Monday, March 21, 2016

Making Molds

I'm prepping for "Make Your Mark - Developing a Textural Vocabulary", which is a new workshop I'm offering here at my little Studiolo in Richmond Va. One of the techniques I'll be demonstrating is how to use silicone molding material to create 'micro molds' - little elements that can embellish and enhance metal clay designs. So last week I ordered some brass stampings from Etsy to give my students an idea of what kinds of things they could mold.

Pendant made with micro molds of decorative head pins (Sorry for the blurry photo)

I don't promote the idea of molding an entire design and simply replicating it in metal clay. In my opinion that's the same as copying. But reimagining pieces of an element to include in a new design, especially if the element is a classic motif, may be acceptable. Brass stampings are usually derived from antique, Victorian, medieval, Greek/Roman, or other classical imagery. 

Although there are some artists who can sculpt an original leaf shape (as an example), others (like myself) are less competent with graphic design or simply like to use available objects.

Today I thought I'd share my method of making a successful metal clay mold. I use a silicone material originally meant to mold the inner ear for hearing aids, but two part silicone molding material is pretty much the same wherever you get it. You might even be able to find some in a local craft store.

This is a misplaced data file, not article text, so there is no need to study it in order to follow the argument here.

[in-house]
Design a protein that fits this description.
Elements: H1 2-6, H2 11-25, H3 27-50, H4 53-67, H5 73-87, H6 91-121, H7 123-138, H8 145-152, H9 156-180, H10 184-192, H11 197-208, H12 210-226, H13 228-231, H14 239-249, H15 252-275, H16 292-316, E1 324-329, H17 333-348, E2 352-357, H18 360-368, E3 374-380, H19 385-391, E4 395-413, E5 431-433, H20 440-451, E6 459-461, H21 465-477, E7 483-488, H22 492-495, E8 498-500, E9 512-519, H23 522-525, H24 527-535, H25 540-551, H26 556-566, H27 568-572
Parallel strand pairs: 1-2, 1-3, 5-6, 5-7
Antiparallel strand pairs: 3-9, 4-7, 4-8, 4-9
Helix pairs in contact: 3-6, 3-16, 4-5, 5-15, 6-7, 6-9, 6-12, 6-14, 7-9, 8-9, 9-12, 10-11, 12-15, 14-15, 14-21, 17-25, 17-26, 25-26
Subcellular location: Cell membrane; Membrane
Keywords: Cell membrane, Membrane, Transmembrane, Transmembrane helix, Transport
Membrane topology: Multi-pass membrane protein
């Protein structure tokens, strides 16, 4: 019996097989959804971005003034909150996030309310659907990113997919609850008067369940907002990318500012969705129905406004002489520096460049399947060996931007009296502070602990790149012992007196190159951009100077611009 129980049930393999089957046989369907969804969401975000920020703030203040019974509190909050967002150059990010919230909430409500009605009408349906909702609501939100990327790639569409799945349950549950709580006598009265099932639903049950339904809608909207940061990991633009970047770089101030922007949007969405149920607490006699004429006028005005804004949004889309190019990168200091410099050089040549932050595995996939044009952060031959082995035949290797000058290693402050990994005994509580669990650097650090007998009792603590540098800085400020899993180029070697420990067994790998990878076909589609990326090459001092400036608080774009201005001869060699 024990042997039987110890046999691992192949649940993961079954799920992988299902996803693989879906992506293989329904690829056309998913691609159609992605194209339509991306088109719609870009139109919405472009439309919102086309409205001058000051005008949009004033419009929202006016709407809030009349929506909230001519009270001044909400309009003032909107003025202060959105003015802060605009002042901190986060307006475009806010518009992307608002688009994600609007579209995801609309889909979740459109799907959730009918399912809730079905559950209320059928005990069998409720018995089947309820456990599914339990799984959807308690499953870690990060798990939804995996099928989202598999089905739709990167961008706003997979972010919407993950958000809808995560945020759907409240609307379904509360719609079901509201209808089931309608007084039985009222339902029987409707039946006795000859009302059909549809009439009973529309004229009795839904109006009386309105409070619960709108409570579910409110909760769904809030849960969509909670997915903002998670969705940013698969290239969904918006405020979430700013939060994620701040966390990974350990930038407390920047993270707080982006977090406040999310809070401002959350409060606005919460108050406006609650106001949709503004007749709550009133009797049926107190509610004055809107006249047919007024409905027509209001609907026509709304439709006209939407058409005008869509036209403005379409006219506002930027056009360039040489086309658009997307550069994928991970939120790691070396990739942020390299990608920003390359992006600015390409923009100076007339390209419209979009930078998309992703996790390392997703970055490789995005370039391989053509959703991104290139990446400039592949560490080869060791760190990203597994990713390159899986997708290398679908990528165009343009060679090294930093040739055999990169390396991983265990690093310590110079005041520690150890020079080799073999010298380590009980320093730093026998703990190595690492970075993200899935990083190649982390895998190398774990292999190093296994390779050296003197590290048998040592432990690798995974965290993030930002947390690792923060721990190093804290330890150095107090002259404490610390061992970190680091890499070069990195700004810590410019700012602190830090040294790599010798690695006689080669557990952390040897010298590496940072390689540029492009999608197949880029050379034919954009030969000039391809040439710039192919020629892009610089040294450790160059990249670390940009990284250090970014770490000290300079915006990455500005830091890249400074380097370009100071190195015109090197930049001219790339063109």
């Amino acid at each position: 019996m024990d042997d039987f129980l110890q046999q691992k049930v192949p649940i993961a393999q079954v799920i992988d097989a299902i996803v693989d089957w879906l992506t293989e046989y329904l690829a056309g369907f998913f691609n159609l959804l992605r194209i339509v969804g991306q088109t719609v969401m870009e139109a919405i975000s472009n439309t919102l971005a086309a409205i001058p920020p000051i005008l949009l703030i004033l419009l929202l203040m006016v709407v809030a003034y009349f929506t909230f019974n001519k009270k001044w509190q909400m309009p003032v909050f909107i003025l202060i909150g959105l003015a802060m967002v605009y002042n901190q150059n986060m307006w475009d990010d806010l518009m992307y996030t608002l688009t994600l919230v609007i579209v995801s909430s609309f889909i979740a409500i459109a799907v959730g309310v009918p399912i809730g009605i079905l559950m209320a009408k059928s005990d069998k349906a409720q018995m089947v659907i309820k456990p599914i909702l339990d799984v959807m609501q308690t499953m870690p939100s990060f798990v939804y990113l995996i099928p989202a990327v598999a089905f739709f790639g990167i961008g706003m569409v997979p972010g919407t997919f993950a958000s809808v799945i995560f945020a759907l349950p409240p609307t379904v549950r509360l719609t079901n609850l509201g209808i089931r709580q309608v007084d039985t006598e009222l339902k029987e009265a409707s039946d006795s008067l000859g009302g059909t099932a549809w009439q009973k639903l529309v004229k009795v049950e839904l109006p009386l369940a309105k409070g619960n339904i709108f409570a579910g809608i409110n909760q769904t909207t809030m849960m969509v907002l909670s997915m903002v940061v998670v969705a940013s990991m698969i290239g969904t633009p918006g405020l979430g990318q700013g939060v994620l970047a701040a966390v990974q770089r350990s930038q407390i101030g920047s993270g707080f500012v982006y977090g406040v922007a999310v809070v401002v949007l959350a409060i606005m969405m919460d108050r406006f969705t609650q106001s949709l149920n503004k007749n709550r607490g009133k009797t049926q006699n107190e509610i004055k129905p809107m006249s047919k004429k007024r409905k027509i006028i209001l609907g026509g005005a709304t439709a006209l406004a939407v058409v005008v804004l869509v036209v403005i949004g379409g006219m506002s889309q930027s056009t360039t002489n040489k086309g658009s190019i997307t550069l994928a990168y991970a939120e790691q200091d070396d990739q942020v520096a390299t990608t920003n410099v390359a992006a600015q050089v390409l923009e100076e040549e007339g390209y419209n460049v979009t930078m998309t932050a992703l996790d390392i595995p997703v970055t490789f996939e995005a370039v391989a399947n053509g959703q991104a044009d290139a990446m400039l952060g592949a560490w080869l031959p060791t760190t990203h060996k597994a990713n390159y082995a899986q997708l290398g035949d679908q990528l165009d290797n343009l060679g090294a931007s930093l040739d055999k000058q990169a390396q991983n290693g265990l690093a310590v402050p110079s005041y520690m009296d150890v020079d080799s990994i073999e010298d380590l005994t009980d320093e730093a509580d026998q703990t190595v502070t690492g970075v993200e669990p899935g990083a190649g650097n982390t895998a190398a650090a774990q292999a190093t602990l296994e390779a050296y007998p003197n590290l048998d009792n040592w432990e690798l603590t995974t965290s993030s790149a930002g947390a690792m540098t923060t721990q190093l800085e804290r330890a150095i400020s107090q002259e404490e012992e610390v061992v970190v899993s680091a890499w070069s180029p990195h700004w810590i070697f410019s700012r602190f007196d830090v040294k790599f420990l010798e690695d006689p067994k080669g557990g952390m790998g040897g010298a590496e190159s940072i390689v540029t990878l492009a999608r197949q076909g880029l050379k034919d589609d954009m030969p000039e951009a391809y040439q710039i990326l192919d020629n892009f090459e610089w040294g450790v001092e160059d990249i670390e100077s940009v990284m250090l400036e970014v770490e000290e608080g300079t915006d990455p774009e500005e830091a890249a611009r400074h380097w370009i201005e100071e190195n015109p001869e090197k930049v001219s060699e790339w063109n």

You'll need:

The bird was placed inside the lid, this photo
it's seen through the bottom.
• Two part silicone molding material
• A container/lid slightly larger than the item to be molded
• A small scoop, spoon, or other implement
• Something to mold

1. Start by scooping some of color A  out of it's container and roll it into a ball. Scoop the same amount of color B, roll into a ball and compare to make sure that the two are of equal sizes/amounts. Blend both into one cohesive color. The colors of the silicone I use are blue and white - so I tell my students to blend until there are no more 'clouds in the sky'.
2. Place the item in the center of the molding lid and press the mixture over it. Try to develop a level surface.
3. In about 15 minutes, use a blunt wooden object like a popsicle stick or toothpick to lift the cured mold out of the container. You'll know the material has cured when a fingernail pressed into the mold compound does not leave an indentation.
4. When you're ready to make a replica with metal clay, roll a small ball of clay and press it into the mold. You might need some trial and error to find the correct amount of clay to use. I try not to overfill the mold.
5. Let the clay dry in the mold, or gently bend the silicone to allow the freshly molded component to drop onto the table top.
6. Sand, refine, and attach to the base metal clay piece with slip.
** You won't need to use any release/lubrication with the silicone molding material

Stamping, the lid it was molded in, and the finished mold.